• Parenteral Route: must be specified to route
        • Can be IM, SC, IVPB
        • Ampule: glass container that must be broken to obtain the medication
          • Not sterile after opening
          • Vial glass container with sealed rubber top
          • Plastic bags or glass vial
          • Prefilled syringes: small vial with needle attached, that fits into a syringe holder
  • 16. Points to remember
    • Types of administration
      • Topical Administration
        • Transdermal patches
        • Lozenges (disklike solid that dissolves in the mouth)
        • Suppositories: best to be administered to those that are unconscious
        • Plastic: disposable squeezable container
      • Unit dose:
        • Individually wrapped dose and labeled drugs; provides a second professional containers
      • Multidose
        • Large stock containers
      • Reconstitution: dissolving a power into solution
      • Metered-dose inhaler (MDI) [usually ordered in number of inhalation or puffs]
        • Can be in a vial or plastic containers
        • Must be able to teach the patients to breathe in and hold breath for 10 sec then exhale
        • Rinse mouth after using inhalers or updrafts
  • 17. Points to remember
    • Prevent cross contamination: medication that has dropper, ointments, creams, should be labeled with patient’s name. To prevent contamination of creams in jars, use tongue blade depressors or sterile gloves to remove the creams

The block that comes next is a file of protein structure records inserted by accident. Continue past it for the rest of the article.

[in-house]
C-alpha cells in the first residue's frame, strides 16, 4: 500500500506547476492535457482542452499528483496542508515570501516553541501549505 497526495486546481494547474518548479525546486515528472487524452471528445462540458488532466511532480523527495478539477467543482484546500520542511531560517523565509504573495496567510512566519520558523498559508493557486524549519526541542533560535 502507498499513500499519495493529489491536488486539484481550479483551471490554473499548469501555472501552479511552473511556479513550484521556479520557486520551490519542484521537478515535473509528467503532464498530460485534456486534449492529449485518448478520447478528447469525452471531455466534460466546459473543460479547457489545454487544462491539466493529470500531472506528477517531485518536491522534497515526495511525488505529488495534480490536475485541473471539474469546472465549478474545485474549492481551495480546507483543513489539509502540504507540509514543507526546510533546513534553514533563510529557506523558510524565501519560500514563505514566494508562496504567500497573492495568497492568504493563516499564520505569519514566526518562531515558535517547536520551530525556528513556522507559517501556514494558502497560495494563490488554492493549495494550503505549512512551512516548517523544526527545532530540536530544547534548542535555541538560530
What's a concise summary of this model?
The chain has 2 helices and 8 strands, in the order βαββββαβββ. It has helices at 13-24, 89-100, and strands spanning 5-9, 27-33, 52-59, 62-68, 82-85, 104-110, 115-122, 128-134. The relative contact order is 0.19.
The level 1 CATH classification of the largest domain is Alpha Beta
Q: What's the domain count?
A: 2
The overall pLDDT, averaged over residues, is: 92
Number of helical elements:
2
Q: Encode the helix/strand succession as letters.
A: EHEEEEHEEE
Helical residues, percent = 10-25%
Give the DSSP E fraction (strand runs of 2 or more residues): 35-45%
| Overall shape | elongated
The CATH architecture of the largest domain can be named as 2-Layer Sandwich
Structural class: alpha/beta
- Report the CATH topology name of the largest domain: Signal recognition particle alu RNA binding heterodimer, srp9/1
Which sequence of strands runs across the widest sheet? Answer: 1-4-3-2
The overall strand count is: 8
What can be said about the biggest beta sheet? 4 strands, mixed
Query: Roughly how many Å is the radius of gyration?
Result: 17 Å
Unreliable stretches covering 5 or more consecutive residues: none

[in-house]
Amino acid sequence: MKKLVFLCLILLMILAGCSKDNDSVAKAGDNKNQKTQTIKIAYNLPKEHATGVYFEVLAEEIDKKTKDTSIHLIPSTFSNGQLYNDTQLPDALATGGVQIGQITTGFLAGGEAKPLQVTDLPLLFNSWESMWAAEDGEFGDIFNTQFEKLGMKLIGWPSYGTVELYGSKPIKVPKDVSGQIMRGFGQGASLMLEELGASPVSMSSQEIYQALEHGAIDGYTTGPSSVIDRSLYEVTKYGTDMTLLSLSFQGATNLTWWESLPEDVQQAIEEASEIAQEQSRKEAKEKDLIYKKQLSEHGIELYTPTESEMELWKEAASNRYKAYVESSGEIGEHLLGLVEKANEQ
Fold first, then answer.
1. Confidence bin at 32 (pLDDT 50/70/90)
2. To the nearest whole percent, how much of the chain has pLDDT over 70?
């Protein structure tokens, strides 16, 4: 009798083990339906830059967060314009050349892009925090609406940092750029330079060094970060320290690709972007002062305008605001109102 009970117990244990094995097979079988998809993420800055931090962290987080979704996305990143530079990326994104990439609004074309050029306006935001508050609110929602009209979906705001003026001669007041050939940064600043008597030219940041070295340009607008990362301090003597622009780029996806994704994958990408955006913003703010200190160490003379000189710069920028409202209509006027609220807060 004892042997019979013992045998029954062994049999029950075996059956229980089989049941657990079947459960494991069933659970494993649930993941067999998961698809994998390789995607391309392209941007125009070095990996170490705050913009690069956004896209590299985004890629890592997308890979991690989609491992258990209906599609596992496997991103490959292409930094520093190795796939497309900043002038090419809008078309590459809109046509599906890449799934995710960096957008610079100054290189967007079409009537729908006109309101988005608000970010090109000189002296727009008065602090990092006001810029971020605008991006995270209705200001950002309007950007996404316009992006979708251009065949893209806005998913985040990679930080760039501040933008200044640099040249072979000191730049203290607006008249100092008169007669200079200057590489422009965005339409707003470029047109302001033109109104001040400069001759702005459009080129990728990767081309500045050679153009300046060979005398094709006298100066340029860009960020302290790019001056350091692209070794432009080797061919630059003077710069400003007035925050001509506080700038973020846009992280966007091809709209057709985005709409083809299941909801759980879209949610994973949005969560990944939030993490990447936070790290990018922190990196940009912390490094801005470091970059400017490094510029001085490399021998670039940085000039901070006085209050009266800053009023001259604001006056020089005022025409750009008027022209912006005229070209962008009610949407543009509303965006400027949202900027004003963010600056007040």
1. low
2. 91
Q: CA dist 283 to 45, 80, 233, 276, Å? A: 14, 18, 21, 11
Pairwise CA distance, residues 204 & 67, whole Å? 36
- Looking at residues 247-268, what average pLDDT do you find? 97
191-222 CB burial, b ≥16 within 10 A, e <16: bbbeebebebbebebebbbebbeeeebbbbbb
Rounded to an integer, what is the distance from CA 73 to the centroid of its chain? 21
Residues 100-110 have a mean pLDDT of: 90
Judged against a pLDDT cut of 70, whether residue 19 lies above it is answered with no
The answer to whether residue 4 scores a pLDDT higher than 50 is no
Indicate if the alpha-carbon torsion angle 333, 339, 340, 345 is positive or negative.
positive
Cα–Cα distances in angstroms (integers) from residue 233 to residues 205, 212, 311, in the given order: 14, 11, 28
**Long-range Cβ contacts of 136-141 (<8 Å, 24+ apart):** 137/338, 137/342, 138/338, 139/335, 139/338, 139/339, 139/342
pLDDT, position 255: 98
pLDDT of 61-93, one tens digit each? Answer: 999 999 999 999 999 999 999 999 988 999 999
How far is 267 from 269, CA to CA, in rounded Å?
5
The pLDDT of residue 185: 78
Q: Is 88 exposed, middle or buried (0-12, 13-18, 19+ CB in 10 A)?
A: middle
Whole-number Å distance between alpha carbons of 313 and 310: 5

• 18. Points to remember
    • Eye medication would be listed as opthalmic but occasionally you will find one that would be uses as eyedrops
  • 19. Points to remember
    • Changing grams to milligrams
      • 1g=1000 milligrams. To achieve in finding the amount of mg to be given, multiply 1000mg to the amount of g to be given
        • Rule: to multiply by 1000, move the decimal three places to the right
      • Milligrams to gram: Divide by 1000,, move decimal three places to left
      • Microgram: 1mg = 1000 mcg
        • Rule: to divide by 1000, move the decimal point three places to the left
        • Rule: To change milligrams to micrograms: multiply by 1000, move decimal point three places to the right
  • 20. Points to remember
    • Grain to milligram
      • Remember gr XV = 1000 mg or 1 g
      • Remember gr X = 600 (650) mg or 0.6 g
      • Remember gr V = 300 (325) mg or 0.3 g
      • Remember gr 1 = 60 (65) mg or 0.06 g
      • Remember gr ½ = 30 mg or 0.03 g
      • Remember gr 1/150 = 0.4mg